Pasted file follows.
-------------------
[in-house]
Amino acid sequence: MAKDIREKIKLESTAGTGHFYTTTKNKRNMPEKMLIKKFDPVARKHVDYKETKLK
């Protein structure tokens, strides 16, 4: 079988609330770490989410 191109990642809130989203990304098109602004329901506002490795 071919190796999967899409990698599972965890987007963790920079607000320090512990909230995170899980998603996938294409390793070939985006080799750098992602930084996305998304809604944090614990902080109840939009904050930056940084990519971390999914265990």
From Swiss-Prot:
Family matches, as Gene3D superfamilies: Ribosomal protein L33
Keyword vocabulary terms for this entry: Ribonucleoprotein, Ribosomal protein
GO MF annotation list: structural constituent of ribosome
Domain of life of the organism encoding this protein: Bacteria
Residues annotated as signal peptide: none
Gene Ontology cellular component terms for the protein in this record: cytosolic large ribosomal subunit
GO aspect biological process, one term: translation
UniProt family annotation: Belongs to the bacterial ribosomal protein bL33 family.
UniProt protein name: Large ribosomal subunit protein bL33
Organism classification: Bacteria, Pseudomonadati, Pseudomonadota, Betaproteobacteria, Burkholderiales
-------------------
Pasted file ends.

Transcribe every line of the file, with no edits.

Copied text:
[in-house]
Amino acid sequence: MAKDIREKIKLESTAGTGHFYTTTKNKRNMPEKMLIKKFDPVARKHVDYKETKLK
């Protein structure tokens, strides 16, 4: 079988609330770490989410 191109990642809130989203990304098109602004329901506002490795 071919190796999967899409990698599972965890987007963790920079607000320090512990909230995170899980998603996938294409390793070939985006080799750098992602930084996305998304809604944090614990902080109840939009904050930056940084990519971390999914265990």
From Swiss-Prot:
Family matches, as Gene3D superfamilies: Ribosomal protein L33
Keyword vocabulary terms for this entry: Ribonucleoprotein, Ribosomal protein
GO MF annotation list: structural constituent of ribosome
Domain of life of the organism encoding this protein: Bacteria
Residues annotated as signal peptide: none
Gene Ontology cellular component terms for the protein in this record: cytosolic large ribosomal subunit
GO aspect biological process, one term: translation
UniProt family annotation: Belongs to the bacterial ribosomal protein bL33 family.
UniProt protein name: Large ribosomal subunit protein bL33
Organism classification: Bacteria, Pseudomonadati, Pseudomonadota, Betaproteobacteria, Burkholderiales